By Herman L. Bennett
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Extra resources for Africans in Colonial Mexico: Absolutism, Christianity, and Afro-Creole Consciousness, 1570-1640
As a ¤eld, scholars understood that laws could not reveal the meaning of the slave experience. Inquiries about the law, therefore, quickly fell from grace as scholars shifted toward producing histories of speci¤c slave societies. For Spanish America, this trend in scholarship— which features a con®ation of civil law with all laws—has been especially problematic, since canon law played a very important role in shaping slavery. The pioneering studies of colonial Spanish American slavery acknowledged the Siete Partidas and its importance as a mediating factor in the master-slave relationship, but these studies isolated that legal code from canon law.
By August 1524, Juan had returned to the Mexicas’ former capital, which the Spaniards had renamed Tenochtitlán–Mexico City, and settled on the outskirts of the traza (the Spanish urban center). 25 He subsequently departed for the Zacatula province, which he had explored during the Caravajal entrada. 26 Years later, a fortune in gold remained an elusive quest and Juan returned to Mexico City. In the 1530s, Juan reunited with Cortés as the famed conqueror led an expedition into lower California. 29 After major battles, Spaniards rewarded individual Africans who had served as retainers, soldiers, and auxiliaries with booty, freedom, and occasionally even an encomienda.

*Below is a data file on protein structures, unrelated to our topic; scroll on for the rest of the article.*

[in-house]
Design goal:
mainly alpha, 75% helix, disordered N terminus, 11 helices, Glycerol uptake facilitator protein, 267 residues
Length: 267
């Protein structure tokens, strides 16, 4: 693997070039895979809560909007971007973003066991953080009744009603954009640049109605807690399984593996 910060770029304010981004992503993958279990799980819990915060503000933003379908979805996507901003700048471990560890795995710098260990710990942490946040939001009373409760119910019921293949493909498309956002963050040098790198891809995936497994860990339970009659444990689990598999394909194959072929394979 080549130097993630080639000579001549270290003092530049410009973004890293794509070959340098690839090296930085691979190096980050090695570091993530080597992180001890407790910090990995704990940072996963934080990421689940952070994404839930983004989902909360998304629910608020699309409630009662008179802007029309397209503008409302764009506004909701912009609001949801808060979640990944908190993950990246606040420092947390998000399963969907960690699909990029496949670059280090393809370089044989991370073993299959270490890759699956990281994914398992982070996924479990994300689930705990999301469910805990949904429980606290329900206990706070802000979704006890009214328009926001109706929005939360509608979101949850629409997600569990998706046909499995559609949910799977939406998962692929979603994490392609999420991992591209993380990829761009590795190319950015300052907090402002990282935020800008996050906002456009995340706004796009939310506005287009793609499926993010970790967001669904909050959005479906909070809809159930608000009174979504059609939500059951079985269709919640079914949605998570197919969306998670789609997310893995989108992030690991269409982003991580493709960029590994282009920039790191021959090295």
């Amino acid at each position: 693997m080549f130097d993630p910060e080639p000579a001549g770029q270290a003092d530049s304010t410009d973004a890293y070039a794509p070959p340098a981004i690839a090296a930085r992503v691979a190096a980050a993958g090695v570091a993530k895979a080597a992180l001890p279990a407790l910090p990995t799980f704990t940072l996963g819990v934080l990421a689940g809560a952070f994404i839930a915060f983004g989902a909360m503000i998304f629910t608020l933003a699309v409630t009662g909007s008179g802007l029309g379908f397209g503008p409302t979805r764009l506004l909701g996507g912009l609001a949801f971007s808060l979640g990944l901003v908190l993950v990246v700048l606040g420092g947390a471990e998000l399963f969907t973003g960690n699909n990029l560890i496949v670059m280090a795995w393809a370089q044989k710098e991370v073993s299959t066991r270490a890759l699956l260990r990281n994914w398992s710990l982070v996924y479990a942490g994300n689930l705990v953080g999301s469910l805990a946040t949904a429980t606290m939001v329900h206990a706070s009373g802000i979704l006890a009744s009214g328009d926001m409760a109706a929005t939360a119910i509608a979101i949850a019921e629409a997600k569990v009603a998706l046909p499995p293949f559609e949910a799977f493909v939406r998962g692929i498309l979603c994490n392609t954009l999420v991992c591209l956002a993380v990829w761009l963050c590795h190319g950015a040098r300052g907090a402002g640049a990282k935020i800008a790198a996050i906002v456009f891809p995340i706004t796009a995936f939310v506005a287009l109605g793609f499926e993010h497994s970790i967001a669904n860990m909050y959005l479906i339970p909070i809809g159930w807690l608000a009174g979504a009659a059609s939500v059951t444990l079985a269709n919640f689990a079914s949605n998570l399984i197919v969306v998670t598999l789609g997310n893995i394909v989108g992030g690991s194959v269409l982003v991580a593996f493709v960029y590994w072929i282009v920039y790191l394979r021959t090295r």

Their variously de¤ned descendants—both slave and free—would inherit these roles, but with the decline of slavery, they increasingly contributed to the growth of the rural peasantry. In New Spain, however, the African presence was not strictly rural. 91 While African labor was essential for the workings of the Spanish domestic economies, blacks also doubled as symbolic capital for a Spanish community perpetually anxious about status. In urban New Spain, Spaniards valued persons of African descent both as laborers and for the cultural capital that they conferred.